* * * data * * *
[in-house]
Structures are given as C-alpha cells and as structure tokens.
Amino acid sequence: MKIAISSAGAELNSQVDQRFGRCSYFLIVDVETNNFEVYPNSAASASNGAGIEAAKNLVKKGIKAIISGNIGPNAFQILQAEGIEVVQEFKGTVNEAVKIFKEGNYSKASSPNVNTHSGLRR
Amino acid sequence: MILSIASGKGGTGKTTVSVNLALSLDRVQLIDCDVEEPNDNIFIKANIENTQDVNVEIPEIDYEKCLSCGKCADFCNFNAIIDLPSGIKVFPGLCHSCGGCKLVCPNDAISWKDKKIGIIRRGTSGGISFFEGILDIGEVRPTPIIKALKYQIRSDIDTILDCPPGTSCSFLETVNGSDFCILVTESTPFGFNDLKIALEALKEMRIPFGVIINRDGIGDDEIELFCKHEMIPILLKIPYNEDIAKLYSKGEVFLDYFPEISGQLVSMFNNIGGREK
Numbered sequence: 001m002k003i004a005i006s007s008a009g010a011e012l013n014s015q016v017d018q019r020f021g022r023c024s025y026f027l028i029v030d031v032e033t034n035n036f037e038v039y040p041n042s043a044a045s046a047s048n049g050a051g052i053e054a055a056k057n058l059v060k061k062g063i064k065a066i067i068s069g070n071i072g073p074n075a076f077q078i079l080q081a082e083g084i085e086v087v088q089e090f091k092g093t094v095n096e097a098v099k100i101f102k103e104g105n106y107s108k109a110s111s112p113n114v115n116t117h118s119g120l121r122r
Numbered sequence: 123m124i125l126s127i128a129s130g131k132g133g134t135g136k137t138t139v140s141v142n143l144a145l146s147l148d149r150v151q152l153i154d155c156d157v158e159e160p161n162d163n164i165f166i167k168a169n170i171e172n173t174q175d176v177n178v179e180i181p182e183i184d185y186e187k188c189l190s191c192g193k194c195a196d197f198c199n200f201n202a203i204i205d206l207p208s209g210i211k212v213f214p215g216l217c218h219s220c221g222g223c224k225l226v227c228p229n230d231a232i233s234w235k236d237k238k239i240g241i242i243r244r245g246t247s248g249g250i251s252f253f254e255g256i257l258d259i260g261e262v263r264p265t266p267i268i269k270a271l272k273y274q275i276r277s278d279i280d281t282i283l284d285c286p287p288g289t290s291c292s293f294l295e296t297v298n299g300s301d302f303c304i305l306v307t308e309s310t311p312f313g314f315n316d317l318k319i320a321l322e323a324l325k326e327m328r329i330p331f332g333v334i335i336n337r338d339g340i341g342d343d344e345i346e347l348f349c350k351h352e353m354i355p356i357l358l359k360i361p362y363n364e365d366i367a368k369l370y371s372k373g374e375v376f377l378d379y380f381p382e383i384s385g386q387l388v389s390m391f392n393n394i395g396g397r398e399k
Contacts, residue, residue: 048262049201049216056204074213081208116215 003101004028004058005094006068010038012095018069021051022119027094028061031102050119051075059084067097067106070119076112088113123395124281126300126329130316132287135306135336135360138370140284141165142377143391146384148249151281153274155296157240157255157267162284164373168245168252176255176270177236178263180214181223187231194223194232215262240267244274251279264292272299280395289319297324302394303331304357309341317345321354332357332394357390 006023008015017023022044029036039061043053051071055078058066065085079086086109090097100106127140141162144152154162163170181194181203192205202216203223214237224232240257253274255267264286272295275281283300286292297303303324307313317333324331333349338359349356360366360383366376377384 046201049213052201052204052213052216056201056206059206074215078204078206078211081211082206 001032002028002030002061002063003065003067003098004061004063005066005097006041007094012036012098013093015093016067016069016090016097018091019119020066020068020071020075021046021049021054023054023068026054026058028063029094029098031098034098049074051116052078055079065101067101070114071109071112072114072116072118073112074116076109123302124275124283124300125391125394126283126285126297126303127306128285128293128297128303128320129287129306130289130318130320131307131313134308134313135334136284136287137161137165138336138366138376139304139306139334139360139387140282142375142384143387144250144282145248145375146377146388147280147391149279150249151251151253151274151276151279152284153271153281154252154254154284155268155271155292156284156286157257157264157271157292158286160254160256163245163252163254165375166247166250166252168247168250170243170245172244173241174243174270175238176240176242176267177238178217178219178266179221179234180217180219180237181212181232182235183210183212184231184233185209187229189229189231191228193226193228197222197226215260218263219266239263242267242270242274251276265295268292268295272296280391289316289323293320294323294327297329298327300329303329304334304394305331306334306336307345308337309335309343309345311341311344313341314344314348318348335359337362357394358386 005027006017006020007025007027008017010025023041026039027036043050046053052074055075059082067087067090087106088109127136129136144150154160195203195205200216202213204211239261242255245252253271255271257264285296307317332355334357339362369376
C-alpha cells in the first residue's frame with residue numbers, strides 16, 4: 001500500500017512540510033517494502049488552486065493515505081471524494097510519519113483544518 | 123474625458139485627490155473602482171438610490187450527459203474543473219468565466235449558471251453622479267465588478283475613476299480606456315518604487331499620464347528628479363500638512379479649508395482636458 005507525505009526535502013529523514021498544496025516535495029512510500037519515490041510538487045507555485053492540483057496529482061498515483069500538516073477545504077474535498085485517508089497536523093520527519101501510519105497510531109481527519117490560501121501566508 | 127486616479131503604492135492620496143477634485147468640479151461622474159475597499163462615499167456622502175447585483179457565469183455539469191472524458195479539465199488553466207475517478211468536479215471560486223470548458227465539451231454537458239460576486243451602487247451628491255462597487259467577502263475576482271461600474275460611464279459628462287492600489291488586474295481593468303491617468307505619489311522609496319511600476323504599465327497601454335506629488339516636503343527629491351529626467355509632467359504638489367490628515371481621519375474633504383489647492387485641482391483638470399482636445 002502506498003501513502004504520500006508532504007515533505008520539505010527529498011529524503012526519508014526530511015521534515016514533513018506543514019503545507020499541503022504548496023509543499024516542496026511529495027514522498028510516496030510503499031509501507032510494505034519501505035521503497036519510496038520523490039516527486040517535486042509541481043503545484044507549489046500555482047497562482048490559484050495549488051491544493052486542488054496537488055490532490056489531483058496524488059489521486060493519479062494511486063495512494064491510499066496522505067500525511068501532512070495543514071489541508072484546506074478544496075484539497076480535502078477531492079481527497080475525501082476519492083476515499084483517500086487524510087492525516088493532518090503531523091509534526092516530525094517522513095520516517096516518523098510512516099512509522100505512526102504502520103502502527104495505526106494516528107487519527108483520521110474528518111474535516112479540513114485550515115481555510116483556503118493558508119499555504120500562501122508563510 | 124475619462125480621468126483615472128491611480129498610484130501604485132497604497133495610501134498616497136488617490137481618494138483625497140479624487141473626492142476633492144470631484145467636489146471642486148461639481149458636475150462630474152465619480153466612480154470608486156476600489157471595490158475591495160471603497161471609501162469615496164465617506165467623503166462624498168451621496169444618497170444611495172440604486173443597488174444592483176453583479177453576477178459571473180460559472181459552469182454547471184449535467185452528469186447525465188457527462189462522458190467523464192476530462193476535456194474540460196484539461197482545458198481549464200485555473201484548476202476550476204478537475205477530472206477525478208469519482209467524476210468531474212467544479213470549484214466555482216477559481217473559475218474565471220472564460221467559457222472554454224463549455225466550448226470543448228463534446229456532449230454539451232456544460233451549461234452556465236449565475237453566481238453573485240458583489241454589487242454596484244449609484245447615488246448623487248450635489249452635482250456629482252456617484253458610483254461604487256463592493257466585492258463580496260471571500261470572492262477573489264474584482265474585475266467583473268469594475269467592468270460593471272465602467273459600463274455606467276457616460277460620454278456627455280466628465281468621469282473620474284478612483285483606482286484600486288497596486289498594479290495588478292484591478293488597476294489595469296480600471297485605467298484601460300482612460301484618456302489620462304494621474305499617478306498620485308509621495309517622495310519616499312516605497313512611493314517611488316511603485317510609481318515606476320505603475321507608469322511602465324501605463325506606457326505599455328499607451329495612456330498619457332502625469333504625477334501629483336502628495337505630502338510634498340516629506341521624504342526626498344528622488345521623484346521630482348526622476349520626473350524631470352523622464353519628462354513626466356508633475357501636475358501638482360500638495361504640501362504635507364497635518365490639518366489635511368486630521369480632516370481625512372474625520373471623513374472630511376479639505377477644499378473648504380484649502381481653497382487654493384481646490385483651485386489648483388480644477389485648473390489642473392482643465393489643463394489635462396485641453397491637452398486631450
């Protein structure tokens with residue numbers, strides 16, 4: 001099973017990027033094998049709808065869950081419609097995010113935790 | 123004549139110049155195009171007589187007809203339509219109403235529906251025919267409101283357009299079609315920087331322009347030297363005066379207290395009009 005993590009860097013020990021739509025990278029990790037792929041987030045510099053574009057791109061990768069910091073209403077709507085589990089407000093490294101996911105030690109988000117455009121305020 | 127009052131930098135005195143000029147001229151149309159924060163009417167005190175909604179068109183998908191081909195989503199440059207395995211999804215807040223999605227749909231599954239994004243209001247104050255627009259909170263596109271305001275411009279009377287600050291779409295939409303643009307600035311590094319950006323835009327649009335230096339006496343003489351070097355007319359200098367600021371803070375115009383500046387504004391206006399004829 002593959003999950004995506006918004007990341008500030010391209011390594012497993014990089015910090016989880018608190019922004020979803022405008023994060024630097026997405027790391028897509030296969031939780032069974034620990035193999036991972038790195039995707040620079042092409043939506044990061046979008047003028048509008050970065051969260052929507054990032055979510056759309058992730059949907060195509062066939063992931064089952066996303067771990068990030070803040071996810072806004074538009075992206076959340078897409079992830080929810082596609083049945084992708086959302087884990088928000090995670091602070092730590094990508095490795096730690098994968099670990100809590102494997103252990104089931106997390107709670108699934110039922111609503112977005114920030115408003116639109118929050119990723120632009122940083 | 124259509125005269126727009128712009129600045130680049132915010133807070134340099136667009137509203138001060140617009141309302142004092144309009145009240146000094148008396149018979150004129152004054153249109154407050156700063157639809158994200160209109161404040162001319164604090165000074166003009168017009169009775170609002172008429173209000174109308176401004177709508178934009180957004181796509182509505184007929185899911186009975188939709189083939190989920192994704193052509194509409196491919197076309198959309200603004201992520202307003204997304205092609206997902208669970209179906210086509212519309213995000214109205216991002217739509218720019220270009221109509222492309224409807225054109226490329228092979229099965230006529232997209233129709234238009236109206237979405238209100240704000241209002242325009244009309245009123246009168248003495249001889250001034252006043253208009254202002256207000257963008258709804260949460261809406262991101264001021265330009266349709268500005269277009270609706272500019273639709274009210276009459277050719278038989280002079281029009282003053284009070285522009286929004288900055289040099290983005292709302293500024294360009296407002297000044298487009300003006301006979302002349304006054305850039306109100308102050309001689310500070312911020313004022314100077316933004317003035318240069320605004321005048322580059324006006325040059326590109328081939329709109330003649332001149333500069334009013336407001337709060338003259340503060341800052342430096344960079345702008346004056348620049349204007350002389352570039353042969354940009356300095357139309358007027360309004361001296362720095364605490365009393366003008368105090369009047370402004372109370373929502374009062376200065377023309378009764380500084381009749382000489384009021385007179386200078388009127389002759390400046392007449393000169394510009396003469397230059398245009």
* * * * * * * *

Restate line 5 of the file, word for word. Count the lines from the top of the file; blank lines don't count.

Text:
Numbered sequence: 001m002k003i004a005i006s007s008a009g010a011e012l013n014s015q016v017d018q019r020f021g022r023c024s025y026f027l028i029v030d031v032e033t034n035n036f037e038v039y040p041n042s043a044a045s046a047s048n049g050a051g052i053e054a055a056k057n058l059v060k061k062g063i064k065a066i067i068s069g070n071i072g073p074n075a076f077q078i079l080q081a082e083g084i085e086v087v088q089e090f091k092g093t094v095n096e097a098v099k100i101f102k103e104g105n106y107s108k109a110s111s112p113n114v115n116t117h118s119g120l121r122r